Instructions Issued >= Instructions Executed
Issuing an instruction multiple times is also referred to as Instruction Replay. Each replay iteration takes away the ability to make forward progress by issuing new instructions on that warp scheduler. Also the compute resources required to process the instruction are consumed for every instruction replay. In short, the more instruction replay iterations are required the higher is the performance impact on the kernel execution.
A z-ordered column graph showing the achieved instructions throughputs per SM for both, issued instructions and executed instructions. The theoretical maximum peak IPC is a device limit and defined by the compute capabilities of the target device. The y-axis is scaled to this peak value.
The peak IPC value is the maximum number of executed instructions achievable on a single cycle. The maximum sustainable executed IPC might be lower.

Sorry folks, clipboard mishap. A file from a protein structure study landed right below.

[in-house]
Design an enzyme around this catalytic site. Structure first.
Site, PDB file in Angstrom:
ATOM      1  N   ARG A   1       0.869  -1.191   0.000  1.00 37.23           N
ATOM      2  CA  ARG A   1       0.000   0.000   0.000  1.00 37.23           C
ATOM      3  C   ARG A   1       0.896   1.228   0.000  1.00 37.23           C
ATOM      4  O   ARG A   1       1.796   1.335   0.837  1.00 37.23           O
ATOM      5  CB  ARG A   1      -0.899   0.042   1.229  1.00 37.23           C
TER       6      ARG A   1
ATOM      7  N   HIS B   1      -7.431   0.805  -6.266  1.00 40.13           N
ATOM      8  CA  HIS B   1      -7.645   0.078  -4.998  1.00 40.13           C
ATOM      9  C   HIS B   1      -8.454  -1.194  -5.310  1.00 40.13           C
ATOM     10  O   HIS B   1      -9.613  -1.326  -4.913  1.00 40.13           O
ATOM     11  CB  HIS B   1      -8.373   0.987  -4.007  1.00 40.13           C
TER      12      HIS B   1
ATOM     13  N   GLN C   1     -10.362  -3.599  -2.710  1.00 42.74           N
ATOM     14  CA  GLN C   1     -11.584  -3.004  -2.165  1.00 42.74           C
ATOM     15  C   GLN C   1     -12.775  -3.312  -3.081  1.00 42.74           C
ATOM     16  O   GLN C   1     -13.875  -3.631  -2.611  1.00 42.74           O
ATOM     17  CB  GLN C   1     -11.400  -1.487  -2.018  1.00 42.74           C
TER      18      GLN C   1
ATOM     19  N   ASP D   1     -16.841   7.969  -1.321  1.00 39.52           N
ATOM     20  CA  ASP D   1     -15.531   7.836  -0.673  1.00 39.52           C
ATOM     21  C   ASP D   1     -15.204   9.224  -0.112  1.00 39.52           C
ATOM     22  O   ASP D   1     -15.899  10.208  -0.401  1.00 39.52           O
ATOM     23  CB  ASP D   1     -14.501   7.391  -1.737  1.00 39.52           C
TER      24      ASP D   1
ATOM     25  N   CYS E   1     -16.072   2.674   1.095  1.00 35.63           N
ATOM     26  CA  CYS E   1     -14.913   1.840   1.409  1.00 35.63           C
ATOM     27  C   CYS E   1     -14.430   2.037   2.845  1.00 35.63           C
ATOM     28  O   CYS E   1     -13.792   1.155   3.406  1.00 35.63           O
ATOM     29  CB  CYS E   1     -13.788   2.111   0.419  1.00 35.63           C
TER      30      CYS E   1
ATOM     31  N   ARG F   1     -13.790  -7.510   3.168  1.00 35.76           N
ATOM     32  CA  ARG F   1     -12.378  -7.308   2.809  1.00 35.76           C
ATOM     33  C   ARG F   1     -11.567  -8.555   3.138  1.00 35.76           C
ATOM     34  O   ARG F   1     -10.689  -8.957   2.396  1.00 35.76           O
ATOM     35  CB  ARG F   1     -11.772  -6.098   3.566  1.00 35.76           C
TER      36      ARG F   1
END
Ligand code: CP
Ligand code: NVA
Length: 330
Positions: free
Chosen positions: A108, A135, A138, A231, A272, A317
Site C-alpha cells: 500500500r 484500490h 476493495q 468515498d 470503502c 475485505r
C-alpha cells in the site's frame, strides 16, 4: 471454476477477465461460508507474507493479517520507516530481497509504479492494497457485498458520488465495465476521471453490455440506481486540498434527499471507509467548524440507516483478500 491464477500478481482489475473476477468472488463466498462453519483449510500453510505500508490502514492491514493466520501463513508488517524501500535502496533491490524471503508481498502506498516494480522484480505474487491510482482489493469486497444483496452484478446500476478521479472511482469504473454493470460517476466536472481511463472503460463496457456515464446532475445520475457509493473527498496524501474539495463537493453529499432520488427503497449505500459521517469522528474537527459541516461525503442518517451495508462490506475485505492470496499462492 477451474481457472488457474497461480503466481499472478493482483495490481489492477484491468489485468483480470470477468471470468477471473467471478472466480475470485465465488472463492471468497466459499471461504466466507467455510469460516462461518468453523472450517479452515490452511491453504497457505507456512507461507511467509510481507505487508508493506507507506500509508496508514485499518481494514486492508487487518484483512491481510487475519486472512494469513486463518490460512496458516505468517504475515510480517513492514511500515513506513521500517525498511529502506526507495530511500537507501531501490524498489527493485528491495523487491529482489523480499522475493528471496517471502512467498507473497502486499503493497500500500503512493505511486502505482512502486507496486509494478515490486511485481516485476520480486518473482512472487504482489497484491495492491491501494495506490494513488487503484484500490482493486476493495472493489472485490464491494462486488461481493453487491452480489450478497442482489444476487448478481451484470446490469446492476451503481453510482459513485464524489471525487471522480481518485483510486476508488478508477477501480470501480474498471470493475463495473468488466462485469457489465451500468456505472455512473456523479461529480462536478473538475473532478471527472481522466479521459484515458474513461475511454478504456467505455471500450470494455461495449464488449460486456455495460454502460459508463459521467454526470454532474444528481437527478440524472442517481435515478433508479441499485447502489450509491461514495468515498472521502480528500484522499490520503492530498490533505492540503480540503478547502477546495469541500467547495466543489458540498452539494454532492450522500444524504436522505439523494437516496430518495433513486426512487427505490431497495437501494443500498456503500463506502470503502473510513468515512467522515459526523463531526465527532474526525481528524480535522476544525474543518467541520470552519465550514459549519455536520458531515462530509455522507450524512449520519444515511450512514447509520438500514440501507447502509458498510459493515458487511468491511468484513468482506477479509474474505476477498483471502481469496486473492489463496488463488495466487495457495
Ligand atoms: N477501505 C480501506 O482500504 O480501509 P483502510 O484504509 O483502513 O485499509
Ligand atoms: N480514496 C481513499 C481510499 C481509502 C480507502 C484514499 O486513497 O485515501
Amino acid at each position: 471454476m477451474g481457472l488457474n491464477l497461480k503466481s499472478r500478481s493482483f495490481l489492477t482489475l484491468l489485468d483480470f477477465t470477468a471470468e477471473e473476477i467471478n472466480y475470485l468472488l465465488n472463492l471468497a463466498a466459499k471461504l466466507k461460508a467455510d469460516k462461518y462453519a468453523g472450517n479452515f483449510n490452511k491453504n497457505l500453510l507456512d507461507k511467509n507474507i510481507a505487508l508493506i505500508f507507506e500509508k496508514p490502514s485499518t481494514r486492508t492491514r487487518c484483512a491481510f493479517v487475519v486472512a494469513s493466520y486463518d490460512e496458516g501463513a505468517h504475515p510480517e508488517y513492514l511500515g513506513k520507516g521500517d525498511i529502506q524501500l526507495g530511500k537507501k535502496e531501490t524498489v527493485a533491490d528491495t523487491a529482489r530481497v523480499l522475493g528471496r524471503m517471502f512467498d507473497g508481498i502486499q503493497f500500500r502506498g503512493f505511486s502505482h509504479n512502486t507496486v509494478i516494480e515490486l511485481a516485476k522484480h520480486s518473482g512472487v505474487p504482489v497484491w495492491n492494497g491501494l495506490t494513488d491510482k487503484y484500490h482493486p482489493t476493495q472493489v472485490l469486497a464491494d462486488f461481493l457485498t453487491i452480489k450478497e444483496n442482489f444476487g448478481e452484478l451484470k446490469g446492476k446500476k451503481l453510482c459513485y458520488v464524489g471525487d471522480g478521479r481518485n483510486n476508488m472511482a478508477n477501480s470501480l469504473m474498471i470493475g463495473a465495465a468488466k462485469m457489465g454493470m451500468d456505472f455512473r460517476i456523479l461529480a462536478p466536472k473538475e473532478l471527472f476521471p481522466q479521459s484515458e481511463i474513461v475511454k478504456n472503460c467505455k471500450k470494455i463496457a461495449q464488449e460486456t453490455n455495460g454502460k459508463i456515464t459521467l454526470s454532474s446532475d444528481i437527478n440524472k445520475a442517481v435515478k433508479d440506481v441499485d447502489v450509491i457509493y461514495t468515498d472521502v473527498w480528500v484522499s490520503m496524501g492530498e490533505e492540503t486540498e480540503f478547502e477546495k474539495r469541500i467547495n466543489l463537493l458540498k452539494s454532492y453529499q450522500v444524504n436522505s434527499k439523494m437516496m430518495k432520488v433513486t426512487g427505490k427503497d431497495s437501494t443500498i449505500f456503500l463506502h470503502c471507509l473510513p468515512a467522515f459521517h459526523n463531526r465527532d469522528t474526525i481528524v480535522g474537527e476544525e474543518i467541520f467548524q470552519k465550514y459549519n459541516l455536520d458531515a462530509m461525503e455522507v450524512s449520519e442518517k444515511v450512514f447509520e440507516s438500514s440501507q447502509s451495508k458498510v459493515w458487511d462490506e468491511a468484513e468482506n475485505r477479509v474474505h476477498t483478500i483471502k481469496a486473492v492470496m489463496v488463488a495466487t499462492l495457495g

Issued IPC The average number of issued instructions per cycle accounting for every iteration of instruction replays. Optimal if as close as possible to the Executed IPC. As described in the background section of this document, some assembly instructions require to be multi-issued. Hence, the instruction mix affects the definition of the optimal target for this metric.
Executed IPC The average number of executed instructions per cycle. Higher numbers indicate more efficient usage of the available all resources. Keep in mind that the reported values are given per multiprocessor. As each warp scheduler of a multiprocessor can execute instructions independently, a target goal of executing one instruction per cycle means executing on average with an IPC equal to the number of warp schedulers per SM. The maximum achievable target IPC for a kernel is dependent on the mixture of instructions executed.
Shows the percentage of time each multiprocessor was active during the duration of the kernel launch. A multiprocessor is considered to be active if at least one warp is currently assigned for execution. An SM can be inactive - even though the kernel grid is not yet completed - due to high workload imbalances. Such uneven balancing between the SMs can be caused by a few factors: Different execution times for the kernel blocks, variations between the number of scheduled blocks per SM, or a combination of the two.